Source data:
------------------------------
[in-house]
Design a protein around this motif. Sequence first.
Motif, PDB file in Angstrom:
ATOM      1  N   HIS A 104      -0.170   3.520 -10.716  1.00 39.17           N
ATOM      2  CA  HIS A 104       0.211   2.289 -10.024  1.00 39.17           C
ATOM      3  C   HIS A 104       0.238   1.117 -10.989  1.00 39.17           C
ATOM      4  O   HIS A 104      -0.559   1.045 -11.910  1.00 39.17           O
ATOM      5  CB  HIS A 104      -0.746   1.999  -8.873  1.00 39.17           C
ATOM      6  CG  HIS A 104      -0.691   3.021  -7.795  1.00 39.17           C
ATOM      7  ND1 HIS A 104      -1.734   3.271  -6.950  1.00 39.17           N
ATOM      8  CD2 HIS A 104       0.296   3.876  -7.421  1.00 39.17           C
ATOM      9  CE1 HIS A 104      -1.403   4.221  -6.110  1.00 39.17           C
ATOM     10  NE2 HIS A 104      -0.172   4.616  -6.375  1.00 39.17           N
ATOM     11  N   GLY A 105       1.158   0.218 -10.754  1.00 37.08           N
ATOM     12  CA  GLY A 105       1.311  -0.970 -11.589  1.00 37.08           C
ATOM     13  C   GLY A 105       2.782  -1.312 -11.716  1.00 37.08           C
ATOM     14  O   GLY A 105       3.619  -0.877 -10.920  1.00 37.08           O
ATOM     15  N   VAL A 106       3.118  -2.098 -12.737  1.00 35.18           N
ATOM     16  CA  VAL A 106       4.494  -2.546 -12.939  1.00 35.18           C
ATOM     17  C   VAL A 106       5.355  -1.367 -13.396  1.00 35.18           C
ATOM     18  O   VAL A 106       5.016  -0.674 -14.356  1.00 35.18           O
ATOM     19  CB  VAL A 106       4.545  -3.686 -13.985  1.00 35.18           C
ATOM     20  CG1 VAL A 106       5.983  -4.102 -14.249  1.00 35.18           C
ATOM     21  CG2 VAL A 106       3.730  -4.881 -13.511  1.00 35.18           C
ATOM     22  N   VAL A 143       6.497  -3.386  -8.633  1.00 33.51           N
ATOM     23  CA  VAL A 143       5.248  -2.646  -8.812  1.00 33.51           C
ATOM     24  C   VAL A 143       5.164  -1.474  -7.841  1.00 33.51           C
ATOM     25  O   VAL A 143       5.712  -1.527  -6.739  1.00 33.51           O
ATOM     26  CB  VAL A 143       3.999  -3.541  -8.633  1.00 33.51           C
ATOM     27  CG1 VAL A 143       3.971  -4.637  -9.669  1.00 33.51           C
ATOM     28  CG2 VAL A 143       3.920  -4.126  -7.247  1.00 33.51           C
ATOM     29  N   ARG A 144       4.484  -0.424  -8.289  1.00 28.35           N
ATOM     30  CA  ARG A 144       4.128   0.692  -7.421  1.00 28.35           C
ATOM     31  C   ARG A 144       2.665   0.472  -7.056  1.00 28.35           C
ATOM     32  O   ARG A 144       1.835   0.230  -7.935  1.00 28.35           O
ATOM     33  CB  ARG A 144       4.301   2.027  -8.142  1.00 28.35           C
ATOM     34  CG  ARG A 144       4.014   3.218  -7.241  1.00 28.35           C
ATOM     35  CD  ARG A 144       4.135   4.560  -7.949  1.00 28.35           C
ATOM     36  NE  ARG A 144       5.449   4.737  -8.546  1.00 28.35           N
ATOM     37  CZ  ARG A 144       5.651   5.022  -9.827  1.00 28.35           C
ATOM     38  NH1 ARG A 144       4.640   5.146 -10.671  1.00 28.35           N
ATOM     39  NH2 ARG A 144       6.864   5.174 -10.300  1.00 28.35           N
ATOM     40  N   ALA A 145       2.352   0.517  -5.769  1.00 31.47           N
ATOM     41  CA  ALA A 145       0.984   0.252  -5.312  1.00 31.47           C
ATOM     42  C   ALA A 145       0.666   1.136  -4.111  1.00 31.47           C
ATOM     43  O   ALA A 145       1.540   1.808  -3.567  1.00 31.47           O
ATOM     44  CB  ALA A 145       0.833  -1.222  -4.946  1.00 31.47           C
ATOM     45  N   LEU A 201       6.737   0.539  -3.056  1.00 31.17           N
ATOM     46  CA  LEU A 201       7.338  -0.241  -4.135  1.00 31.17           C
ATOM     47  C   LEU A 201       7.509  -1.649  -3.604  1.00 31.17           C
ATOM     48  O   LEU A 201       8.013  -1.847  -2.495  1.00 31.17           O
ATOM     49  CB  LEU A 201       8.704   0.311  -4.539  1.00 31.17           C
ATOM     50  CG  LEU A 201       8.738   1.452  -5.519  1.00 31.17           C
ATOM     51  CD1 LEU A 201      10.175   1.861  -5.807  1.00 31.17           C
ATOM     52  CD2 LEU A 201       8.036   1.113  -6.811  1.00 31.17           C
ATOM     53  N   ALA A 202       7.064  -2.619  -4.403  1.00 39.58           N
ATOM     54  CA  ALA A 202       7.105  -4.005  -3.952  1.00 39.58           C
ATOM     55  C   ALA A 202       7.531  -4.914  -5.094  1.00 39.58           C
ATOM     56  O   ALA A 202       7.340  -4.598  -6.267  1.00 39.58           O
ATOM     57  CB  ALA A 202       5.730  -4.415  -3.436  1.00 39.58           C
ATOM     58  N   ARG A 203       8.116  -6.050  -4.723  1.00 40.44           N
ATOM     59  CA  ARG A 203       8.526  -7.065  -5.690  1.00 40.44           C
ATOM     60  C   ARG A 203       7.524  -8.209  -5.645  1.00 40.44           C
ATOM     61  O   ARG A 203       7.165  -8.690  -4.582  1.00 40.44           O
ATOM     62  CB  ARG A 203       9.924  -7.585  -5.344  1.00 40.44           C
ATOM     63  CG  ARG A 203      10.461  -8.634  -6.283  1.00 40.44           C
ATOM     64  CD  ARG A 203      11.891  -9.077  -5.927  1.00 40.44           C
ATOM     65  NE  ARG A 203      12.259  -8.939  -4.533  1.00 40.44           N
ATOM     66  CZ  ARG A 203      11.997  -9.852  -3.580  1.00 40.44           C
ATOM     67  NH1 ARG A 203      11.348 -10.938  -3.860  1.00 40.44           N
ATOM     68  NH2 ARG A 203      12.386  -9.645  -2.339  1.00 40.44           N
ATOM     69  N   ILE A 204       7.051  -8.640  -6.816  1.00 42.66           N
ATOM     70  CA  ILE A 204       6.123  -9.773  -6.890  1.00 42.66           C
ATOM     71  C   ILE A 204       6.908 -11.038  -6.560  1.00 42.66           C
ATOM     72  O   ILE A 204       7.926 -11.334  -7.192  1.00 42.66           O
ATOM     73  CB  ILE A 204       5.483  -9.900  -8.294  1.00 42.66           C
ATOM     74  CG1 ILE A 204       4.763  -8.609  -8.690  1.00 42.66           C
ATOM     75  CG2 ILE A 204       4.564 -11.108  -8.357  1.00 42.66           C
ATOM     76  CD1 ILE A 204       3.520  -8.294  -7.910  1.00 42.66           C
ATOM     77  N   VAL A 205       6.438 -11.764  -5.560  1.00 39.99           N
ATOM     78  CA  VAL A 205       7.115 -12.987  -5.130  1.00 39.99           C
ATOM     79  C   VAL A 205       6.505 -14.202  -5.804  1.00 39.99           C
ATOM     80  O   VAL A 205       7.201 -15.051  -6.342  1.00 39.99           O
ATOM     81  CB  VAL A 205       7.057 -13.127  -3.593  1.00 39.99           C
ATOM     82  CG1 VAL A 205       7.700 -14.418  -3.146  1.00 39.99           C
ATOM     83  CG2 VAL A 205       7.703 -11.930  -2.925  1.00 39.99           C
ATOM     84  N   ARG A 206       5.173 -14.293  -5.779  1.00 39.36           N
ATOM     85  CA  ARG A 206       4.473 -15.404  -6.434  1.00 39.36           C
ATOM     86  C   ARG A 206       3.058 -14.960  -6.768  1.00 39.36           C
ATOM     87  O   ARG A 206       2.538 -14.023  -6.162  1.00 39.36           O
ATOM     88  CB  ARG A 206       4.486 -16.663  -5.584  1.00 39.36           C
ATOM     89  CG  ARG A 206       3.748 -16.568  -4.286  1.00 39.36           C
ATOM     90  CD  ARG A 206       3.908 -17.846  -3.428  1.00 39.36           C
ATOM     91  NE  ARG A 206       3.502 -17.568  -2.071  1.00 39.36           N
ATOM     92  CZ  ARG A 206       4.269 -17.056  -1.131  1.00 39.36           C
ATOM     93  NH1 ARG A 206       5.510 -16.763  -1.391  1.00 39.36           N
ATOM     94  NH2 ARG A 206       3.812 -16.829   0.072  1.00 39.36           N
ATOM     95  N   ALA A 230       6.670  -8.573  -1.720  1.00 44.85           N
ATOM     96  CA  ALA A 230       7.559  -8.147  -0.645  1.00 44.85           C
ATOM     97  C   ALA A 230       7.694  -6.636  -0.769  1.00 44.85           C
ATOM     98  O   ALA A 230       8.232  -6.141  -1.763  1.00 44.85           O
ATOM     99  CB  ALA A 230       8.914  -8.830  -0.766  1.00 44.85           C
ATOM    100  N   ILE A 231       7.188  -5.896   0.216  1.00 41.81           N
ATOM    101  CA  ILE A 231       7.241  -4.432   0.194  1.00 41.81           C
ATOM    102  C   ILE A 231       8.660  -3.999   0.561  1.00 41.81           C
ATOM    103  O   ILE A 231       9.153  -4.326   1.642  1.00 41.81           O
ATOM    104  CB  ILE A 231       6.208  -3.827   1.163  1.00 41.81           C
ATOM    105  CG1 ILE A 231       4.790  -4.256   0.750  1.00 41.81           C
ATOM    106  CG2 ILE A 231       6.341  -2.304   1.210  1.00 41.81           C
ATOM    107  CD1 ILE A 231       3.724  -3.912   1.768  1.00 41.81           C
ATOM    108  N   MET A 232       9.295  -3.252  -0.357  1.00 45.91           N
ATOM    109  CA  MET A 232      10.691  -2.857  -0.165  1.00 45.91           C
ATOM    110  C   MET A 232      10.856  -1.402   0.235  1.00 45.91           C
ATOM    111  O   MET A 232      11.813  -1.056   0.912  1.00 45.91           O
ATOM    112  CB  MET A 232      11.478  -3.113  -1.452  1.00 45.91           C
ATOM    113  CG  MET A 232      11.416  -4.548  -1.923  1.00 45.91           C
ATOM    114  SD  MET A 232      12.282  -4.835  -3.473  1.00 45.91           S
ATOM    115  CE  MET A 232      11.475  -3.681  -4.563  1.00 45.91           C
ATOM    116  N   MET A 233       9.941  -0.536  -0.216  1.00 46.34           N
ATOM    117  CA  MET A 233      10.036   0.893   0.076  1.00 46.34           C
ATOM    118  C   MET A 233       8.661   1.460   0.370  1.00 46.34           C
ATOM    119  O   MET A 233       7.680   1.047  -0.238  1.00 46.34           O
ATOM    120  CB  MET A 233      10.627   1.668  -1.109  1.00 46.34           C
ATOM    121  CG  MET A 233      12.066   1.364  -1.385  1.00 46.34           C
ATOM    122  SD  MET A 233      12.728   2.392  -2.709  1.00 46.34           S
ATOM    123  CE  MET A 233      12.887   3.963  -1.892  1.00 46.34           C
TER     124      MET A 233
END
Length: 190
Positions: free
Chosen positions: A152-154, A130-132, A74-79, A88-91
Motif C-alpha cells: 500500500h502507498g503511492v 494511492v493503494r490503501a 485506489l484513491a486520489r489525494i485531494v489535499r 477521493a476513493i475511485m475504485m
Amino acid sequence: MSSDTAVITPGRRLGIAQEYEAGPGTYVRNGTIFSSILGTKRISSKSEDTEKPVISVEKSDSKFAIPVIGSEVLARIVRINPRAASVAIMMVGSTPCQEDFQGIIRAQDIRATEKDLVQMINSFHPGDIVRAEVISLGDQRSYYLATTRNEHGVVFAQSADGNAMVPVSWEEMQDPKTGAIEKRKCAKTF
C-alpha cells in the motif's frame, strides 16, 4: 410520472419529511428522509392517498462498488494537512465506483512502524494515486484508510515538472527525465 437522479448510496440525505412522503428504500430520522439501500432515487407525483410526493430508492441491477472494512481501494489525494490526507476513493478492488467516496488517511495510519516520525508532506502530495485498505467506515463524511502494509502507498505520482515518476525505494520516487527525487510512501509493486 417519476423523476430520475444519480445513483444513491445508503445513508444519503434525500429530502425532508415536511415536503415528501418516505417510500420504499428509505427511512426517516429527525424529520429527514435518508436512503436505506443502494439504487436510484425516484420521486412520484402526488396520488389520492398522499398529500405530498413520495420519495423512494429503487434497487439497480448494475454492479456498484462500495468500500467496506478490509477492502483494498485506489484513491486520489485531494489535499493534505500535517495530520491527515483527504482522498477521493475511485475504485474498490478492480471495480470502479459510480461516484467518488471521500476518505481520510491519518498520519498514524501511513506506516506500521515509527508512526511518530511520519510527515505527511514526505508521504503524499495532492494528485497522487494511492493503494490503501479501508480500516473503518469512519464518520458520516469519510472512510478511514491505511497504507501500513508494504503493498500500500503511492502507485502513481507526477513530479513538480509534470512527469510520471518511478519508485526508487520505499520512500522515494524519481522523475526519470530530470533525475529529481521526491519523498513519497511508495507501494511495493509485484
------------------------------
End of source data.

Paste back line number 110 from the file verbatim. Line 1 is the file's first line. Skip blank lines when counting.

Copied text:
ATOM    107  CD1 ILE A 231       3.724  -3.912   1.768  1.00 41.81           C